Nicky Hiscock, WWT’s conservation breeding assistant has been caring for the spoon-billed sandpipers since they arrived in the UK.
We’ve posted some more footage from the CCTV cameras that monitor the birds below and you can see Nicky going in with the birds. She’s described for us the daily routine in the quarantine station.
You’ll see in the footage, I’m wearing overalls and rubber shoes. Obviously it’s vital to minimise the risk of any bugs getting to the birds, so changing clothes and handwashing is the first thing you do as you arrive at quarantine.
I get in first thing in the morning. I check the birds via the CCTV (so I’m seeing them as you are on the video here). It’s such a useful tool; it really helps us to monitor them without causing any disturbance.
Because of the size of the rooms in the quarantine station, the birds are in three small groups. When I change their food and check on them, I do each group in sequence, completing all checks on one before moving on to the next.
So, once I’ve got all their food ready, I go in to the first group. You can’t hear it on the video, but I give a little whistle before going in, so they’re not spooked when I open the door.
Once in there, I kneel down so not to intimidate the birds too much. And I always move really slowly and quietly, keeping an eye on where they all are.
I visually check that the birds are all alright. I take temperature and humidity readings – particularly checking the max and min readings overnight. You’ll see me making notes.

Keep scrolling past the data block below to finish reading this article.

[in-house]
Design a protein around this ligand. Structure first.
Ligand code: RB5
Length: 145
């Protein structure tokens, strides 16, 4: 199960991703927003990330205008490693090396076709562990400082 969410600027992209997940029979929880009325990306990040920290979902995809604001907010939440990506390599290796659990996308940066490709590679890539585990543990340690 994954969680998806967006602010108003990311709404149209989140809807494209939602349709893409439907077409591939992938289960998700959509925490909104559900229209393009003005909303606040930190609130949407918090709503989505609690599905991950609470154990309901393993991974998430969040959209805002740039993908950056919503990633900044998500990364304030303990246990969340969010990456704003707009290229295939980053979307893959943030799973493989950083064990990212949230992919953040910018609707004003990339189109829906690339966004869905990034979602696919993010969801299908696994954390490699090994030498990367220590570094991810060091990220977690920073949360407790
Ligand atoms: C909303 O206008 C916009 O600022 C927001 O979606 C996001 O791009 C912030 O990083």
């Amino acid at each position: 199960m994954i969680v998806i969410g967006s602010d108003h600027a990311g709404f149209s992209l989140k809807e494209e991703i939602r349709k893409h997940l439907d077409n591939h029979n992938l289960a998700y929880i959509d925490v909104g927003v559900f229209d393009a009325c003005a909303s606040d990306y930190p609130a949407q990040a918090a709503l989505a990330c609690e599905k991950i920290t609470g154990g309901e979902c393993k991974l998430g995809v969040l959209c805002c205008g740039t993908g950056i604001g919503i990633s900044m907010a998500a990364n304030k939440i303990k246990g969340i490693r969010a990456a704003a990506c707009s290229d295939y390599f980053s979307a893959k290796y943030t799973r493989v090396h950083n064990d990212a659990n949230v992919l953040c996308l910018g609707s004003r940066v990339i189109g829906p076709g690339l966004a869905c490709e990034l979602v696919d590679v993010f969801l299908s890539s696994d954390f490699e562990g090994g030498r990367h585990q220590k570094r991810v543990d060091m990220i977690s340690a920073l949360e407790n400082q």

I’m also writing down how much food they’ve taken. We want to avoid handling the birds as much as possible, so this is a good alternative to weighing them.
Throwing them a pinch of mealworms helps to calm them down and distract them when I’m in there. It gives them a chance to peck at something as they would in the wild. (They also pick any flies out of the air and take advantage of any spiders that stray into their rooms.)
I take all the old food bowls out, empty and wash them. I try to replace the clean bowls in the same position so not to upset their routine.
As Nige explained last week, the three large terracotta-coloured dishes are filled with water. Two are fresh water, while the other is a salt bath. They are all very shallow and you’ll see me sprinkle some dried shrimps and protein-rich food pellets on top.
The spoon-billed sandpipers are filter-feeders – they sift through shallow coastal waters with those unusual bills – so giving them some of their food this way mimics that natural feeding. It’s something Nige and Roland tried while the birds were in Moscow Zoo and they responded really well to it.
But they don’t take all their food this way. I fill the smaller bowls with the special food pellets (which are rich in protein and contain all the components needed in their diet). Two of the bowls are left dry and I add water to the other two to soak the pellets. This way they get their food in a variety of forms and they seem to take advantage of that, eating from all the bowls.
After that I might stay for a minute or two to assess their feet and check that they’re all behaving normally. It’s vital to scan the flock thoroughly. They are so small that they could go downhill very rapidly if they got a disease.
Once everything’s done, I leave straight away and return to the CCTV monitors to check that they’re settling quickly. They usually have and are feeding happily.